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The uterus

The uterus, or womb, is where a baby grows during pregnancy. It is part of the female reproductive system, which also includes the ovaries, fallopian tubes, cervix (neck of the uterus) and vagina (birth canal).

The position of the uterus – About the size and shape of a hollow, upside-down pear, the uterus sits low in the abdomen between the bladder and rectum. It is joined to the vagina by the cervix. On either side of the uterus are the ovaries, which contain the woman’s eggs (ova). The ovaries are connected to the uterus by the fallopian tubes.

The layers of the uterus – The uterus has two layers. The myometrium is the outer layer of muscle tissue and makes up most of the uterus. The endometrium is the inner layer or lining.

Menstruation – In a woman of child-bearing age, the endometrium becomes thicker each month to prepare for pregnancy. If no pregnancy occurs, the  endometrium is shed and flows out of the woman’s body through the vagina. This flow is known as a woman’s period (menstruation).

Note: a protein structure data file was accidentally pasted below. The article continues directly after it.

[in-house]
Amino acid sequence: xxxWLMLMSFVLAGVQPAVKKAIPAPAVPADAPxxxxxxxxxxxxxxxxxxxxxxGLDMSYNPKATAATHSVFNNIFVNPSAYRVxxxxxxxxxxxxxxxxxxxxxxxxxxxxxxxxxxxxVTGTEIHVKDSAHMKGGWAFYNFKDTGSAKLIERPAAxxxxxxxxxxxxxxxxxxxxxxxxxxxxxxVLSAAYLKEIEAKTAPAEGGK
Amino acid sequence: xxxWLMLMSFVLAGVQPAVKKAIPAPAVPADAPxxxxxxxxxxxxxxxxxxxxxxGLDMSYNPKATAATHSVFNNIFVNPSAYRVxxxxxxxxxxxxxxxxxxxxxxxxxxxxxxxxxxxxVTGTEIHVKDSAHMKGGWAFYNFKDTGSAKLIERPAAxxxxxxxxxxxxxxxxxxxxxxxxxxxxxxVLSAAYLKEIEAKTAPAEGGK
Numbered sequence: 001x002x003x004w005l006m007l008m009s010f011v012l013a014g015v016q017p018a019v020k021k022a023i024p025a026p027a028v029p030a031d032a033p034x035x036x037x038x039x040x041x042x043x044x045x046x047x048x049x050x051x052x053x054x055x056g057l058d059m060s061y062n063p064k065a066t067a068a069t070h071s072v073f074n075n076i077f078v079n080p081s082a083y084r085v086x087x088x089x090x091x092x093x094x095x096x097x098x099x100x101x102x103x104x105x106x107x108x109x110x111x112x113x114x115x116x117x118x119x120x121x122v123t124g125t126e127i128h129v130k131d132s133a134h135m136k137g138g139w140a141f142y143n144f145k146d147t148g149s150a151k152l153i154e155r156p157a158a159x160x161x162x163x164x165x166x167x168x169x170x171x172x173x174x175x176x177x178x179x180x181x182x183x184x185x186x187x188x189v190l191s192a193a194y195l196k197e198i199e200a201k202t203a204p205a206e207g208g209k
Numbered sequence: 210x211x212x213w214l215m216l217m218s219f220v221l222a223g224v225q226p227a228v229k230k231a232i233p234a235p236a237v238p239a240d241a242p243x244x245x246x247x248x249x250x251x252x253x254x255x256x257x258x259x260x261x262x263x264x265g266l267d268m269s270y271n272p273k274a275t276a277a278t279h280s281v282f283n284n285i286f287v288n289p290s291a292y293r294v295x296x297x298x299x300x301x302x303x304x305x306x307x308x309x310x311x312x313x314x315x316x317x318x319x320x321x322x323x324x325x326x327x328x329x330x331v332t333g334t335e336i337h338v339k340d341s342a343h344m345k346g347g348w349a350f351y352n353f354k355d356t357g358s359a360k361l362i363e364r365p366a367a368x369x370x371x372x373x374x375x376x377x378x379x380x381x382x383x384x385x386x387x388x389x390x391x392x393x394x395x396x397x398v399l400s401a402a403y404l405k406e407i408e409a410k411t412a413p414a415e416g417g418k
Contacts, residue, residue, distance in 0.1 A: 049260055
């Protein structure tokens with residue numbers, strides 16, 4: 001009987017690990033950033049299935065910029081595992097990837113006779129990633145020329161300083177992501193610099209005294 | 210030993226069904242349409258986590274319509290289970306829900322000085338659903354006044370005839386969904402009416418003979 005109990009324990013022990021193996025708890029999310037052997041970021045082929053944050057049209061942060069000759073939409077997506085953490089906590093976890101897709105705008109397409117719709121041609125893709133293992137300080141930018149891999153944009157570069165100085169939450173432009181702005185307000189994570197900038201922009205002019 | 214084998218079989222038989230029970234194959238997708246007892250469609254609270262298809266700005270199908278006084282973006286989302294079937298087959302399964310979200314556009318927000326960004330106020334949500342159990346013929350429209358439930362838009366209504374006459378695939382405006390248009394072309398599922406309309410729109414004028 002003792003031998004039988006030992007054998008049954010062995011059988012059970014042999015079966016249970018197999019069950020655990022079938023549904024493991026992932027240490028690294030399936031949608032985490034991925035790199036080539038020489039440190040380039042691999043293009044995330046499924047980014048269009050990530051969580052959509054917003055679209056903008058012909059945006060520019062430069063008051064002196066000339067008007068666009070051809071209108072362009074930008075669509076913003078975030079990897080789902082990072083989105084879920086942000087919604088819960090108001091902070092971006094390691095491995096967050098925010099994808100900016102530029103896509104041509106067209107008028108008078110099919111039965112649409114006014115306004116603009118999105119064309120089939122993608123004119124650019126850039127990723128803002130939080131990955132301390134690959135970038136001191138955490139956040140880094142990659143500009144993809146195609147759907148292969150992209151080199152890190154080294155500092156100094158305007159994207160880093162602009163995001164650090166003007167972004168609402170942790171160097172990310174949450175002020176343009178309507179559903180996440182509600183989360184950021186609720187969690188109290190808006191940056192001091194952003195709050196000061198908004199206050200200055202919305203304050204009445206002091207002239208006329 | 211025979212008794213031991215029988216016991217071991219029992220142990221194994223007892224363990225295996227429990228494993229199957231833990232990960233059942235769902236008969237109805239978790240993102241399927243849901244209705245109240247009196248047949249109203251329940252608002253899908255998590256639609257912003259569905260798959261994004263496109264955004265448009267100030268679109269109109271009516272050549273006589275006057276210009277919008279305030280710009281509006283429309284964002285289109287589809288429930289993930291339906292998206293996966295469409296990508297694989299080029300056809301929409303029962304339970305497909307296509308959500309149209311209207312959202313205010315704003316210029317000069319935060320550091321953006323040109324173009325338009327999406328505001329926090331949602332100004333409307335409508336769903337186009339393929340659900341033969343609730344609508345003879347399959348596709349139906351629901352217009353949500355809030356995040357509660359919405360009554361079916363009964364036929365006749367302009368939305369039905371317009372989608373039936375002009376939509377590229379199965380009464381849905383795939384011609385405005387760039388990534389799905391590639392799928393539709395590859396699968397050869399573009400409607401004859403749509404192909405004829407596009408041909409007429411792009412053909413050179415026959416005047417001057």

Menopause – The ovaries produce oestrogen and progesterone, the hormones that control the release of eggs (ovulation) and menstruation. During menopause, the levels of these hormones decreases. This means the woman’s ovaries no longer release eggs, her periods stop and she is not able to become pregnant. The uterus becomes smaller and the endometrium becomes thinner.